As part of the 2022 Dear Poet project, students around the country and the world wrote letters to Dorianne Laux in response to a video of her reading her poem “What's Broken” aloud. Dorianne Laux wrote letters back to eight of these students; their letters and her replies are included below.

Dorianne Laux also wrote a response to all of the participants of this year's Dear Poet project.

Dear Young Poets:

Thank you all for reading these poems and for the letters you wrote, letters that often felt like poems.  So beautifully and thoughtfully written, so filled with stories and life.  I grew up writing letters, to relatives, to friends, and later to my husband and my daughter when I or they were away.  Then the internet came with email and texting and though I love the speed of it, I miss the lazy feeling of writing a letter, spending time with my own thoughts and feelings and talking to someone else over the long miles between us.  I remember running to the mailbox to see if a letter for me had arrived.  My excitement opening it, or my disappointment when the box was empty.  I loved slipping photos inside or stickers or little drawings.  My mother used to send me articles from newspapers, often about poetry, or send me a poem she had read.  I saved them in old shoeboxes and read them again and again, or years later, remembering what I was like back then, what I was doing and thinking about.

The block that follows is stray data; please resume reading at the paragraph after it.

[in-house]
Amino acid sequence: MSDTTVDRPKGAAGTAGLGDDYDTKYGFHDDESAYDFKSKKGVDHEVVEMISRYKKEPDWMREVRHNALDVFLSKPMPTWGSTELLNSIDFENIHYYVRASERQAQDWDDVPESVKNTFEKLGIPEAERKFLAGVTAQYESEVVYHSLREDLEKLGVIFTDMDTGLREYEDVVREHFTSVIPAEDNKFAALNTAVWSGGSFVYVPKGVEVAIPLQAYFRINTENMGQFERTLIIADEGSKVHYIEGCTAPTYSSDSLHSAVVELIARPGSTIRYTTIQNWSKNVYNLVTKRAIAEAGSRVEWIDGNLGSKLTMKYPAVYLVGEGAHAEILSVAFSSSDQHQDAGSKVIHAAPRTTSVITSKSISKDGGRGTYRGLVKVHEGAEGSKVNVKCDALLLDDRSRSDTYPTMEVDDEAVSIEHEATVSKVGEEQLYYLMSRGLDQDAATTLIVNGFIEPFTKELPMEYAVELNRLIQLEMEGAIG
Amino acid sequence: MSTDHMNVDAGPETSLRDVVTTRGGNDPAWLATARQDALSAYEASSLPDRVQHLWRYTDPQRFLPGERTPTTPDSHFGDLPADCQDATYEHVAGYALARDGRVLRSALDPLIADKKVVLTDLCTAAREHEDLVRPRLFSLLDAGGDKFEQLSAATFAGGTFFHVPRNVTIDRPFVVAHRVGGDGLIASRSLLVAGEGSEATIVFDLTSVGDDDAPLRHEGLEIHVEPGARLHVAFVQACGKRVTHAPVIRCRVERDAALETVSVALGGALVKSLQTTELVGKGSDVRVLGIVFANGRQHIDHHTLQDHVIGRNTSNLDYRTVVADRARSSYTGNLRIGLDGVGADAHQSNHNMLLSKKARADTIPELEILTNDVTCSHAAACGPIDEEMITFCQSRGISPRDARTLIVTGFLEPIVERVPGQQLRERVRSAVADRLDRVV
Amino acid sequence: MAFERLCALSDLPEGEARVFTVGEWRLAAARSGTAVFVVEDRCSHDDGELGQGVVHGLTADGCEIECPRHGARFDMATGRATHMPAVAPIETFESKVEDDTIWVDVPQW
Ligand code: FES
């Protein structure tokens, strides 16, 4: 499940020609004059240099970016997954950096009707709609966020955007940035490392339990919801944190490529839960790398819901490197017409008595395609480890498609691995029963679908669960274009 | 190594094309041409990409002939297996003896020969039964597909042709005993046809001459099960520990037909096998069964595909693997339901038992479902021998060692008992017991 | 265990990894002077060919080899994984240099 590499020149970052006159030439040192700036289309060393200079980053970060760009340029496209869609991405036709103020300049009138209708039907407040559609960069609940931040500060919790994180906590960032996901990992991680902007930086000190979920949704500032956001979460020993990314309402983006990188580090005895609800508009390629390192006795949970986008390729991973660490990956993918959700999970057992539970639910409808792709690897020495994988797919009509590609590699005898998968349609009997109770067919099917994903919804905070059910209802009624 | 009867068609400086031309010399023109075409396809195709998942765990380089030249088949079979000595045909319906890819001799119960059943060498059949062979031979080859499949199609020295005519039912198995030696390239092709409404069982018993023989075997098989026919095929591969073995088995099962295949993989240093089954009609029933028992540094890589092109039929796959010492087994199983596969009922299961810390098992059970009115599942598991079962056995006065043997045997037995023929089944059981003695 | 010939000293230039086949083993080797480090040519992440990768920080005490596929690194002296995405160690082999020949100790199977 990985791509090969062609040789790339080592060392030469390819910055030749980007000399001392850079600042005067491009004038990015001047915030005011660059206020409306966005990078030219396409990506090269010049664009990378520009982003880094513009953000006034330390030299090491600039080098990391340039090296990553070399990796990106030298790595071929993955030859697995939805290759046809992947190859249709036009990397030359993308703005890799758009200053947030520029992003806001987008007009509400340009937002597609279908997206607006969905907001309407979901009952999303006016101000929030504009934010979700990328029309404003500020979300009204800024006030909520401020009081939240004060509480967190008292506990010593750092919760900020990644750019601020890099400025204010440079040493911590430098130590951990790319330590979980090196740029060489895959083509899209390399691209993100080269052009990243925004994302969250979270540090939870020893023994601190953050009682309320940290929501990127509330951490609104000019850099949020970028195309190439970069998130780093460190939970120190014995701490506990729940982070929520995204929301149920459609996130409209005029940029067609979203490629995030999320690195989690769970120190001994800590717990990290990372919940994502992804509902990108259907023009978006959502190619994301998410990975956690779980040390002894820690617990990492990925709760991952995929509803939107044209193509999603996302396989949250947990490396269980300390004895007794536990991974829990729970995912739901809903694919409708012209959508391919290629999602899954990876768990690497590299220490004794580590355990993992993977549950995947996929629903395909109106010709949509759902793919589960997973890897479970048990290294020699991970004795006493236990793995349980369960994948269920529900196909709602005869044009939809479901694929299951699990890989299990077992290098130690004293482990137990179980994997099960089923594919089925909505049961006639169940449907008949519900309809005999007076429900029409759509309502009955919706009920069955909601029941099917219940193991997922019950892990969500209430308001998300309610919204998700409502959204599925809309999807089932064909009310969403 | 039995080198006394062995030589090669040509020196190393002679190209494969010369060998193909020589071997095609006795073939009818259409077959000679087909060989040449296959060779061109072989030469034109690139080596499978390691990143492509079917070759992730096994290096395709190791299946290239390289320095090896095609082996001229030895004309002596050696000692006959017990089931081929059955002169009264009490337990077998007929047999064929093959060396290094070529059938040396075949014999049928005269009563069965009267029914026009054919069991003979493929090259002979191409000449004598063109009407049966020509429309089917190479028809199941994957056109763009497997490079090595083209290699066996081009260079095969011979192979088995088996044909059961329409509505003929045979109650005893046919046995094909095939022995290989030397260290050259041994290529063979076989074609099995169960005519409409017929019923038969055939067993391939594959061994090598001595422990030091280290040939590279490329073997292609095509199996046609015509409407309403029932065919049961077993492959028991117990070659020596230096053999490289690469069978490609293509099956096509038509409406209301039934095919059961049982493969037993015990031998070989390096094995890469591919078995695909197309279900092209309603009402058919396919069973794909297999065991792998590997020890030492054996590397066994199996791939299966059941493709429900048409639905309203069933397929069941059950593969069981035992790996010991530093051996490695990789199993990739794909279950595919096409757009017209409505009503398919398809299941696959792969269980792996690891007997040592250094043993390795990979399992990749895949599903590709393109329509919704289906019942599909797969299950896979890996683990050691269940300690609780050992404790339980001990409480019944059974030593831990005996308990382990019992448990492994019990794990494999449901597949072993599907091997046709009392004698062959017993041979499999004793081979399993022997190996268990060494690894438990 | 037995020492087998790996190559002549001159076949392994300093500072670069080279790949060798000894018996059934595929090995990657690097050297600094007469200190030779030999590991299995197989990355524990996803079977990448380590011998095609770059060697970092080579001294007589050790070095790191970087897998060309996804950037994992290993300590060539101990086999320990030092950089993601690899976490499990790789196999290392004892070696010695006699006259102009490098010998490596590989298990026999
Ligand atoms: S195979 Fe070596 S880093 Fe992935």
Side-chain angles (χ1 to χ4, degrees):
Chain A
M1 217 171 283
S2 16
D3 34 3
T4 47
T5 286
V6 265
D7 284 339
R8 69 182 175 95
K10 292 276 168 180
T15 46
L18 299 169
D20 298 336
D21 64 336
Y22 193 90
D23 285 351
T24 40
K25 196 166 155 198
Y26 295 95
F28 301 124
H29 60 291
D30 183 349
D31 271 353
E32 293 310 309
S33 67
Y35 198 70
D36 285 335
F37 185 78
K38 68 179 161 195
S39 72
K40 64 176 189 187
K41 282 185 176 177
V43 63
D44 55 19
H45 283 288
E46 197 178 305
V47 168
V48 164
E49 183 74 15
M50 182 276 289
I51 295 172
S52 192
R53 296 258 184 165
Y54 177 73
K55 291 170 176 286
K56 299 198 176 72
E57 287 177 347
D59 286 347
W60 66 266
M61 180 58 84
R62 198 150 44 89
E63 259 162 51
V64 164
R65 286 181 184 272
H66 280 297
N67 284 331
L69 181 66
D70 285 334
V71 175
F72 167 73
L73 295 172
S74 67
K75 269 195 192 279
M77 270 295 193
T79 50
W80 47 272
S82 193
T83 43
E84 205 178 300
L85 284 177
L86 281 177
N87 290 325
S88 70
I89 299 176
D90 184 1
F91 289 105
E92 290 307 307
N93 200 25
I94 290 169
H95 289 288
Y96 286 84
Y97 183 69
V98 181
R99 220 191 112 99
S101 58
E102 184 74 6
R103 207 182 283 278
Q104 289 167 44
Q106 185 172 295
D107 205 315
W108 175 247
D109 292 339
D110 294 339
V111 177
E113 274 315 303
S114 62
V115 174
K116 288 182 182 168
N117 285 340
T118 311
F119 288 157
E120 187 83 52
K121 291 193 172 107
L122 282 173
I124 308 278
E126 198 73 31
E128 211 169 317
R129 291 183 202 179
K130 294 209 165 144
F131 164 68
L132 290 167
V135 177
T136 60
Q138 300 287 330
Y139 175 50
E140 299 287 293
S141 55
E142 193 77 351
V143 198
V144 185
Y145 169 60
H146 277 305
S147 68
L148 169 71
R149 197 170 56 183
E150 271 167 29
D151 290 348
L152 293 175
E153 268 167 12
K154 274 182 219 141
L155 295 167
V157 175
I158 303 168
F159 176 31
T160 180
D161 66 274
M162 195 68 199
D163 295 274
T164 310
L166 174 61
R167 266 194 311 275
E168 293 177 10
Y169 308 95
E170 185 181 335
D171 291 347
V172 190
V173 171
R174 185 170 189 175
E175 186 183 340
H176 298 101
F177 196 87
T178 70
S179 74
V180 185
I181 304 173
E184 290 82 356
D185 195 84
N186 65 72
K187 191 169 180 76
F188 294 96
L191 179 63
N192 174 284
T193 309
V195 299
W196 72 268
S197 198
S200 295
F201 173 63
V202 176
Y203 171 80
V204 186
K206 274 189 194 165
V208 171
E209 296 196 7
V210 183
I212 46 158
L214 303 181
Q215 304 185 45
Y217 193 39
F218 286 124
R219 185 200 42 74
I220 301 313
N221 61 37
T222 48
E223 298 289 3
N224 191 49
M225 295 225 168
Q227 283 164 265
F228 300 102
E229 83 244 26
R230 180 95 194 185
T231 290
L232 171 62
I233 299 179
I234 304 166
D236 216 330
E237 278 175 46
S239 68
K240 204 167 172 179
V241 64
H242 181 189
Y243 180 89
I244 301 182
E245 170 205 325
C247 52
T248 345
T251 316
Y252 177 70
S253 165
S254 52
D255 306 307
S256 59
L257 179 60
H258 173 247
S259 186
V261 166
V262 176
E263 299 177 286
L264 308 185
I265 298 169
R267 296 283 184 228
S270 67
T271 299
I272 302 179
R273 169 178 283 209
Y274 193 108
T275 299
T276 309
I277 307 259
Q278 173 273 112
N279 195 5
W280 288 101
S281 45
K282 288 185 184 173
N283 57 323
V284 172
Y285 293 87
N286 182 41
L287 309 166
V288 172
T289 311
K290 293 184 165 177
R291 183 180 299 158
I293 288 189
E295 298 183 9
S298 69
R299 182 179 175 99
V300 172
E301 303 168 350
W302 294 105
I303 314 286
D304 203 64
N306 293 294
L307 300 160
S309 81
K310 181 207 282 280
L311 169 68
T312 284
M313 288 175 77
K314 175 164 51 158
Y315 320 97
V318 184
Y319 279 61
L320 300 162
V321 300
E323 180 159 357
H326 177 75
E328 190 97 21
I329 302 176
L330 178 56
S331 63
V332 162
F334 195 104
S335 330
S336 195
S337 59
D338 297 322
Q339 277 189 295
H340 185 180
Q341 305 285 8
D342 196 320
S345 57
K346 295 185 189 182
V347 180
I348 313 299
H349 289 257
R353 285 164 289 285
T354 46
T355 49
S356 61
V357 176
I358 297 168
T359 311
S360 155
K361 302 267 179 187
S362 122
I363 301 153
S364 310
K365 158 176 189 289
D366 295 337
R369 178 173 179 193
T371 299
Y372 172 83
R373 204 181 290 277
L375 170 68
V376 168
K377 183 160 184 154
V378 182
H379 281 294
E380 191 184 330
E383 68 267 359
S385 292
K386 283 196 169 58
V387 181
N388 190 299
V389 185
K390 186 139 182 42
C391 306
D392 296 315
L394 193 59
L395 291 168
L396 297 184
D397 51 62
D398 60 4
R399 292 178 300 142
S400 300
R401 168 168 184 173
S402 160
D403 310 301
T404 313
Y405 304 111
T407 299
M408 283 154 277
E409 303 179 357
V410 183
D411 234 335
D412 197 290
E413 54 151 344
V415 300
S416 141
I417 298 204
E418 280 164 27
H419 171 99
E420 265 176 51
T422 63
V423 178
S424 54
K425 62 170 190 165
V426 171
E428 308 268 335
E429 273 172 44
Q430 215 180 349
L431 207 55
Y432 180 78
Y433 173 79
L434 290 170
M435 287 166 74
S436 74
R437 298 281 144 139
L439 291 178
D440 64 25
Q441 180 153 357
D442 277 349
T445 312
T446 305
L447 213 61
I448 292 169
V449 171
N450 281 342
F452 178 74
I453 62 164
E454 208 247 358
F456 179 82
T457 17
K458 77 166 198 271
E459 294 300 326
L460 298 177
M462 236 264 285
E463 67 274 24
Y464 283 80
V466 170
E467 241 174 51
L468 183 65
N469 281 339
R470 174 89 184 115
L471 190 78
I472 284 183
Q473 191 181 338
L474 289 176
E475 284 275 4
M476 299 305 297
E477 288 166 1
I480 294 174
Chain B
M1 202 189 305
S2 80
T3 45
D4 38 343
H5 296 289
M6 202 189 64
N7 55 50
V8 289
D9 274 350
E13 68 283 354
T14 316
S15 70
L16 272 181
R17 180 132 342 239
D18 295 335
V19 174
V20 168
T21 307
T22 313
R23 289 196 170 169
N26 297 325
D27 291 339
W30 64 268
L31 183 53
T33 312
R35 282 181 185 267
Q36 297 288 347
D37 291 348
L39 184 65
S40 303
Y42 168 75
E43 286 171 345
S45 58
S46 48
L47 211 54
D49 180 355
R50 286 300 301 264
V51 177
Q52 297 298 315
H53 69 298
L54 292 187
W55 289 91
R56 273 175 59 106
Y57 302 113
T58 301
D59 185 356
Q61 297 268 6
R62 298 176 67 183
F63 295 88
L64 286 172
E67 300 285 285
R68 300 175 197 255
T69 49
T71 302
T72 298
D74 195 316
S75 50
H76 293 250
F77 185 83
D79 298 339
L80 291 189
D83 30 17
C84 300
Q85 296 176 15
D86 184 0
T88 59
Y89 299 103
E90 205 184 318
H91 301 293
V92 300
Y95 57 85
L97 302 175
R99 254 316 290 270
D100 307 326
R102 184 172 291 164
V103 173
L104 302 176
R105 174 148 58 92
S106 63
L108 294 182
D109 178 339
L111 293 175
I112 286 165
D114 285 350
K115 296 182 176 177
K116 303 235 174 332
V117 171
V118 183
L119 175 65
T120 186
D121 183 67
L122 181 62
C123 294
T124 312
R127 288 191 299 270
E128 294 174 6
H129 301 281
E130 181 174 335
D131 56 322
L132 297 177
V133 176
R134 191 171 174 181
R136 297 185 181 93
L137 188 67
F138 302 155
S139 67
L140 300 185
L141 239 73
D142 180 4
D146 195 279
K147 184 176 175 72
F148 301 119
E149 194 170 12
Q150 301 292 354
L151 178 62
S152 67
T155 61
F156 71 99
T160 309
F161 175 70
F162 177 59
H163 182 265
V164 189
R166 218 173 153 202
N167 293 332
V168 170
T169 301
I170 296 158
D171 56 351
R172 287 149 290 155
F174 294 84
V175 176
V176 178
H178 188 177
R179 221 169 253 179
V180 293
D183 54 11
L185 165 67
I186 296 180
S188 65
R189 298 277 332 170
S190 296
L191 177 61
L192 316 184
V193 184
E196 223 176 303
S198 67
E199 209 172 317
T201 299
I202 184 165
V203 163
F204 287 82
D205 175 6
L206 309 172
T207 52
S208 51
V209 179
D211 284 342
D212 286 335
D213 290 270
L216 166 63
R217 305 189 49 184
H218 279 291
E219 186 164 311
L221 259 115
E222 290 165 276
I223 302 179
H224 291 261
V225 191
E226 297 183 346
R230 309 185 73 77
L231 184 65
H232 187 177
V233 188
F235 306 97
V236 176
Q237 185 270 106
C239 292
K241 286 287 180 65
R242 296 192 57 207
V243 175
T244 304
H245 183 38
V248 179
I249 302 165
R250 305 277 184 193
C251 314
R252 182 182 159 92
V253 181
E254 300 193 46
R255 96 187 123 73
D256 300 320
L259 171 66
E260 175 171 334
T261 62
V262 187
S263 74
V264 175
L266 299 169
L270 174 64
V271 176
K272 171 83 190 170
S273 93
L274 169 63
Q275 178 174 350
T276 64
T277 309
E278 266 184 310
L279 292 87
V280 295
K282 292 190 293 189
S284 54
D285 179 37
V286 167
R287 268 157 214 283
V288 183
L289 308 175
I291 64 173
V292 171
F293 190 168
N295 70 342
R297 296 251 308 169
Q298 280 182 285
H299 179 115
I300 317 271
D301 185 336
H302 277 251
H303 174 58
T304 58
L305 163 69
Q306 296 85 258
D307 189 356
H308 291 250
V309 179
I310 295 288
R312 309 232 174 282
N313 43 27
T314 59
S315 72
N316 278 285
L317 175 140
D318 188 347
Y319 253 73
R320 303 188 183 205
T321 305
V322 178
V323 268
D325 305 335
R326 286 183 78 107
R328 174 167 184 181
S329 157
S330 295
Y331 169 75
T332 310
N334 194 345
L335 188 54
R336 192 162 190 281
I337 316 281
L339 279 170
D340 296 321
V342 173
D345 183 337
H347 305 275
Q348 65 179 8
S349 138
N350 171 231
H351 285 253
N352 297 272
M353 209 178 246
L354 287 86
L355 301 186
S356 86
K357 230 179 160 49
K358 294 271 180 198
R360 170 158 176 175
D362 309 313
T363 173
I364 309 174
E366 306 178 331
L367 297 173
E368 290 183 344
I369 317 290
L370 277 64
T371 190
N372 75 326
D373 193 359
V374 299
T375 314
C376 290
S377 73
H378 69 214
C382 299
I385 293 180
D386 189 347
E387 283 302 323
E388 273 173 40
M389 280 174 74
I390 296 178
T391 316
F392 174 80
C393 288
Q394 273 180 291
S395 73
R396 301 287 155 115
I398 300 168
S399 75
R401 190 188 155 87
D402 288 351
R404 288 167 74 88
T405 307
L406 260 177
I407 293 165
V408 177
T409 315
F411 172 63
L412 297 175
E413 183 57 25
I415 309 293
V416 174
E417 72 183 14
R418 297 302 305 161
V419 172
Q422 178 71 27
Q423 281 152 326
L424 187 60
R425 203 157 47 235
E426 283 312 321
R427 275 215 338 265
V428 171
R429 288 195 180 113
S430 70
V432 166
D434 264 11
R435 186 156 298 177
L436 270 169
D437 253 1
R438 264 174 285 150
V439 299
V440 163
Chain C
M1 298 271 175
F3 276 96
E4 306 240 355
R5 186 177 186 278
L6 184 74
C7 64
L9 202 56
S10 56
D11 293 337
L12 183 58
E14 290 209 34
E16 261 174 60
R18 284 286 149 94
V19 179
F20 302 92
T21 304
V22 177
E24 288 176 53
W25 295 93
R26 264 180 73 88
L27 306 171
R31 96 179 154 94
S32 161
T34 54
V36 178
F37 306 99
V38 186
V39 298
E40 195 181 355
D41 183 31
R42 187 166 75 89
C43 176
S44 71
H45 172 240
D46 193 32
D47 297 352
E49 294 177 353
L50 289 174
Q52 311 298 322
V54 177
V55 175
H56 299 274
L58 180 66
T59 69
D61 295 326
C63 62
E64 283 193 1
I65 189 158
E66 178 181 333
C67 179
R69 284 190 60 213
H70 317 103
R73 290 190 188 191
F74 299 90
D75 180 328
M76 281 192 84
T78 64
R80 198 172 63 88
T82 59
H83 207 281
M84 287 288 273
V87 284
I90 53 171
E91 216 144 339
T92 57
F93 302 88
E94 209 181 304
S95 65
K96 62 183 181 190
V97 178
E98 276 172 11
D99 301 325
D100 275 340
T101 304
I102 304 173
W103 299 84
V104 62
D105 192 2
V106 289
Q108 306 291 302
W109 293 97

All these letters from you felt so warm and welcoming, so personal, and now I feel I know you in a way I wouldn’t if it had been an email or a text.   I think people say things in letters they might not feel they had the time to say in an email or text.  You enter a different state of mind.  I think it’s the same state of mind I enter when I’m writing a poem, kind of dreamy, as if I’m speaking to a good friend, someone I trust.  

It’s funny, two of the first poems I read and fell in love with were “epistolary”, which means letter poems.  One was by the world famous poet Pablo Neruda called “Letter to Miguel Otero Silva, In Caracas (1948)."  The other was by a contemporary American poet named Carolyn Forche called “As Children Together”.  Maybe you can find those poems on the internet.  See, the internet good for many things!  Read those poems and then write an epistolary of your own.  It could be to someone you know, or to someone you wish you knew.  A “love letter” to someone you miss.  Or a letter to someone you can’t talk to, a beloved dog or cat, a grandparent who has died, a flower, a horse, the moon, or a tree! That’s what’s great about poems: they can be about anything.  

So thank you again for your letters.  I will end with the final lines of Pablo Neruda’s letter poem to his friend, Miguel:

…But today has been too much for me: not only one sea bird,
but thousands have gone past my window,
and I have picked up the letters no one reads, letters they take along
to all the shores of the world until they lose them.
then in each of those letters I read the words of yours,
and they resembled the words I write, and dream of, and put in poems,
and so I decided to send this letter to you, which I will end here,
so I can watch through the window the world that is ours.

Yours in poetry,



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